A Harvest of Thorns by Corban Addison



Release date: January 24, 2017

Book Blurb from Amazon.com:
A beloved American corporation with an explosive secret. A disgraced former journalist looking for redemption. A corporate executive with nothing left to lose.

In Dhaka, Bangladesh, a garment factory burns to the ground, claiming the lives of hundreds of workers, mostly young women. Amid the rubble, a bystander captures a heart-stopping photograph—a teenage girl lying in the dirt, her body broken by a multi-story fall, and over her mouth a mask of fabric bearing the label of one of America’s largest retailers, Presto Omnishops Corporation.

Eight thousand miles away, at Presto’s headquarters in Virginia, Cameron Alexander, the company’s long-time general counsel, watches the media coverage of the fire in horror, wondering if the damage can be contained. When the photo goes viral, fanning the flames of a decades old controversy about sweatshops, labor rights, and the ethics of globalization, he launches an investigation into the disaster that will reach farther than he could ever imagine—and threaten everything he has left in the world.

A year later, in Washington, D.C., Joshua Griswold, a disgraced former journalist from the Washington Post, receives an anonymous summons from a corporate whistleblower who offers him confidential information about Presto and the fire. For Griswold, the challenge of exposing Presto’s culpability is irresistible, as is the chance, however slight, at redemption. Deploying his old journalistic skills, he builds a historic case against Presto, setting the stage for a war in the courtroom and in the media that Griswold is determined to win—both to salvage his reputation and to provoke a revolution of conscience in Presto’s boardroom that could transform the fashion industry across the globe.

My Review:

A fire breaks out in a shoddy factory in Bangladesh that manufactures clothing. Back in the United States, a media storm is unleashed about the event yielding negative press for Presto Corporation whose labels appear in the photos. We meet Cameron Alexander, general counsel for Presto. Cameron’s job is to now perform damage control over the negative press and launch an investigation of the fire. Cameron needs to ensure that the company has airtight compliance over their global sourcing standards so that these occurrences do not happen again.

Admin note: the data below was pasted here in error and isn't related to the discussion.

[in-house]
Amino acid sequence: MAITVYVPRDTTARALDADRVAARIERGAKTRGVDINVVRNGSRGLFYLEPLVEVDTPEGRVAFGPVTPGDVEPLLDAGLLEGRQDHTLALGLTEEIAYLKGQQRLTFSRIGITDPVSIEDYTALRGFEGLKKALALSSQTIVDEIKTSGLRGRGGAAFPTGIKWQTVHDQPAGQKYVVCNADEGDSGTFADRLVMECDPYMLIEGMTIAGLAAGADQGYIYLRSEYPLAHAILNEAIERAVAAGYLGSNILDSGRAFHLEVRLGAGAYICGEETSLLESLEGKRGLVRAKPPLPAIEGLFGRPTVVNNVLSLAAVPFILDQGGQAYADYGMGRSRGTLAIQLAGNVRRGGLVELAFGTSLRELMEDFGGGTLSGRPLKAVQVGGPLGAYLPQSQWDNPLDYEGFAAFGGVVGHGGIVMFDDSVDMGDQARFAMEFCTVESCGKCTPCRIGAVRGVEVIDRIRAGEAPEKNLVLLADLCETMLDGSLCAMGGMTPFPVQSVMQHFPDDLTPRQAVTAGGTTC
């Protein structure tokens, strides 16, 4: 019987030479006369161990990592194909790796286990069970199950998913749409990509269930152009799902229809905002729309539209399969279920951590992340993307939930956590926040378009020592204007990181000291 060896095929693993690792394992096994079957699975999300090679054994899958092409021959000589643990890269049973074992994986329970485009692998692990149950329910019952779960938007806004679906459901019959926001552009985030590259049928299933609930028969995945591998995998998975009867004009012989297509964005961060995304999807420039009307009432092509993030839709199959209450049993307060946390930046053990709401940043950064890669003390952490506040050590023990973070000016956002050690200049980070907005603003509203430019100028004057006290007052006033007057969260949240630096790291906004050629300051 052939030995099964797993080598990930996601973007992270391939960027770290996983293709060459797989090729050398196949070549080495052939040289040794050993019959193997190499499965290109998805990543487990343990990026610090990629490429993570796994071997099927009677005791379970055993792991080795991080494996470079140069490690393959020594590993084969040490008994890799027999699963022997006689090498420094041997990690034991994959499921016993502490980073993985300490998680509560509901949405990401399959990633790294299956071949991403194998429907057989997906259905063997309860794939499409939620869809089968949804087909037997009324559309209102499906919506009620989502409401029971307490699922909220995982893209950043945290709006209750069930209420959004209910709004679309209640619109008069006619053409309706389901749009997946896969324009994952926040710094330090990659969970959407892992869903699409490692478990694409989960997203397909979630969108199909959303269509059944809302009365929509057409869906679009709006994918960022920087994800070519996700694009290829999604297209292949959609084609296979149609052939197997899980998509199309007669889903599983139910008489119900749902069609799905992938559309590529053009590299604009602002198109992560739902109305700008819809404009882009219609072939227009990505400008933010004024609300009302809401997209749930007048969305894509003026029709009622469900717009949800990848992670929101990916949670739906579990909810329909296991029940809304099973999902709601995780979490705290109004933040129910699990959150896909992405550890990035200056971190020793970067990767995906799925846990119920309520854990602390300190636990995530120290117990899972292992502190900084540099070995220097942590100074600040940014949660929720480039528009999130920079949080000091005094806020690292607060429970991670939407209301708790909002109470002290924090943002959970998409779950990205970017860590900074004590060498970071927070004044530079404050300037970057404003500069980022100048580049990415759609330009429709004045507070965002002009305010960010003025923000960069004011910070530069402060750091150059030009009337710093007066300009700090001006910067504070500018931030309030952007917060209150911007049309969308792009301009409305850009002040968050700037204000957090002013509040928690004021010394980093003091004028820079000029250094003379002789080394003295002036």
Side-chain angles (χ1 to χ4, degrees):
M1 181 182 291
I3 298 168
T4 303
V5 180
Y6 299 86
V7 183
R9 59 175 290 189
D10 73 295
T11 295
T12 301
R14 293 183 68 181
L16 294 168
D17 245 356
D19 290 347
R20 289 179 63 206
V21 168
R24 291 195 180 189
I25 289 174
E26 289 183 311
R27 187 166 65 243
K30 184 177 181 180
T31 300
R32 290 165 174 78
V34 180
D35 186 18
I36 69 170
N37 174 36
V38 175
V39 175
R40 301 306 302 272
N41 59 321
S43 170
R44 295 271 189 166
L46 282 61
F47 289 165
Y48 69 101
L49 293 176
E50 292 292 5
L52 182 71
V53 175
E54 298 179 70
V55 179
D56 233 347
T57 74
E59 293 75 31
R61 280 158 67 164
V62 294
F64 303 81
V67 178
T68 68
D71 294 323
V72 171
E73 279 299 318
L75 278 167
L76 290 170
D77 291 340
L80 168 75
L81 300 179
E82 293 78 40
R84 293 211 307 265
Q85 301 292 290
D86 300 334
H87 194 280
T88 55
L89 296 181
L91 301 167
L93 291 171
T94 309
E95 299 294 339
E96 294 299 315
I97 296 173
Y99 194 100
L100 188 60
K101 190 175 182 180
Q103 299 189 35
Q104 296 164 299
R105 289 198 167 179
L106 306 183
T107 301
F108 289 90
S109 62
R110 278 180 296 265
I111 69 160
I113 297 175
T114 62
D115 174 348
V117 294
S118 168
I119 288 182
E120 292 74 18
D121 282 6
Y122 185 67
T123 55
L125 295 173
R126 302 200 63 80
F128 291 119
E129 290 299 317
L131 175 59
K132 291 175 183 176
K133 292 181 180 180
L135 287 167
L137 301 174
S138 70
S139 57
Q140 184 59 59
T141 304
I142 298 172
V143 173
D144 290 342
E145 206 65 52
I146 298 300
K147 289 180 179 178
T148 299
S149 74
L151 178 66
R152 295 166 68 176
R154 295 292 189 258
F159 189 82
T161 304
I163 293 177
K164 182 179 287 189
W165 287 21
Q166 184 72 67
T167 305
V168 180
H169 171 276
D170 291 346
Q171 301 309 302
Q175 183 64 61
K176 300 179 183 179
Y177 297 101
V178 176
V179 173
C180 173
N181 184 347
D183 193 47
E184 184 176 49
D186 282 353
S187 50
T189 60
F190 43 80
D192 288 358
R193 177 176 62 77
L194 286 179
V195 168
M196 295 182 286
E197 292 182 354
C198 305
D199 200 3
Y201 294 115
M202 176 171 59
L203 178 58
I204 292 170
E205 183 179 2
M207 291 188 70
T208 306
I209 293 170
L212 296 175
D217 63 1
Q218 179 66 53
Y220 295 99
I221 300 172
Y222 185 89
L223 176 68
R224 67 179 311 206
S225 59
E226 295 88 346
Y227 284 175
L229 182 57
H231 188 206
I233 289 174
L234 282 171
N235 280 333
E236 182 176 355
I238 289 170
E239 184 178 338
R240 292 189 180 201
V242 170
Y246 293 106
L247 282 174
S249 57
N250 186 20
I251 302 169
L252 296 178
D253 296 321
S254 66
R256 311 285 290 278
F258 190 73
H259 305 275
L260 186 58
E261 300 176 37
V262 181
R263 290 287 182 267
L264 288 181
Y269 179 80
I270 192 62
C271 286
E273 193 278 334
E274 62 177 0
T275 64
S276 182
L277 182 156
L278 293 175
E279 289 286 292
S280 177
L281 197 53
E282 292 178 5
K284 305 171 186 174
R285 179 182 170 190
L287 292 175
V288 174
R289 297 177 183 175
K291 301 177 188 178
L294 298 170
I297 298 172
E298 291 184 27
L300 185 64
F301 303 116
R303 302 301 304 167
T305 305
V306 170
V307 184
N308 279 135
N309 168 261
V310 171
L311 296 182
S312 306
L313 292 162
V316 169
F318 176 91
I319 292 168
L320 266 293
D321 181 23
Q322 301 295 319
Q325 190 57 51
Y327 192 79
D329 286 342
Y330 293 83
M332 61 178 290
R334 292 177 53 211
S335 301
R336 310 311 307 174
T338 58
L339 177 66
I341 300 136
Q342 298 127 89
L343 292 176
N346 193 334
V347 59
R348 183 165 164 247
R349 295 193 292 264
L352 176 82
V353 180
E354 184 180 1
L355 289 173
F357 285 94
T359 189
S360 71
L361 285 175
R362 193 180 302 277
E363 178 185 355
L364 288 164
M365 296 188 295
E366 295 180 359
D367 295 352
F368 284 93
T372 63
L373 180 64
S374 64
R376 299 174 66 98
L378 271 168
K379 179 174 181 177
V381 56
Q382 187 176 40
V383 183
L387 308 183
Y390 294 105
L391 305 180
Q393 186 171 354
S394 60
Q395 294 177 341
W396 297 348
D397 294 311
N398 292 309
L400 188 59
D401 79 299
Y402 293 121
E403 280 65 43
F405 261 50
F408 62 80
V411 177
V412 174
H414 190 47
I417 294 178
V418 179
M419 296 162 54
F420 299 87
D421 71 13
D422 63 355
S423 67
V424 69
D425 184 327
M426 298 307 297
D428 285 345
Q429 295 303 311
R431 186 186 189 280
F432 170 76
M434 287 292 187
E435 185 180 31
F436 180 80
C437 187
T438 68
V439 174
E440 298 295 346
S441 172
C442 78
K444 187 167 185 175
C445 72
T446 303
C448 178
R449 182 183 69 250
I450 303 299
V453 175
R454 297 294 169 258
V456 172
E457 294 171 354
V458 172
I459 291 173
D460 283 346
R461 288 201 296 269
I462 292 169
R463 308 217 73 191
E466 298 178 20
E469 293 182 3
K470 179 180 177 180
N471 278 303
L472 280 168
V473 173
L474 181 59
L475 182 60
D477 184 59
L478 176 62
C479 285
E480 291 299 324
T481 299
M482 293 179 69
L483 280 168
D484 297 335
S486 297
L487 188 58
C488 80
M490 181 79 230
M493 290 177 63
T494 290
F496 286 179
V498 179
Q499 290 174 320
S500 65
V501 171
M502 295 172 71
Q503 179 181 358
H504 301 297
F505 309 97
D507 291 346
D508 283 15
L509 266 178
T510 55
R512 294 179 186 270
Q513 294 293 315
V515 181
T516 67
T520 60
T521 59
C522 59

During his investigation, Cameron is faced with a morality issue. He is stuck between the need to support his company and his own sympathy for the victims. He finds that the corporate compliance set in place for the contracting of manufacturing goods at times are circumvented when the work is subcontracted out to other vendors. This practice has led to unsafe working conditions.

A journalist, Joshua Griswold, receives anonymous incriminating information about the Presto fire investigation. He tirelessly works on a lawsuit for the victims of the fire and at the same time is trying to build a name for himself.

The book is well written and alternates between Cameron and Joshua as they progress through the investigation. The novel is based upon the research the author did with survivors he met from a factory fire in Bangladesh. This book seriously made me think about the source of my family’s clothing.

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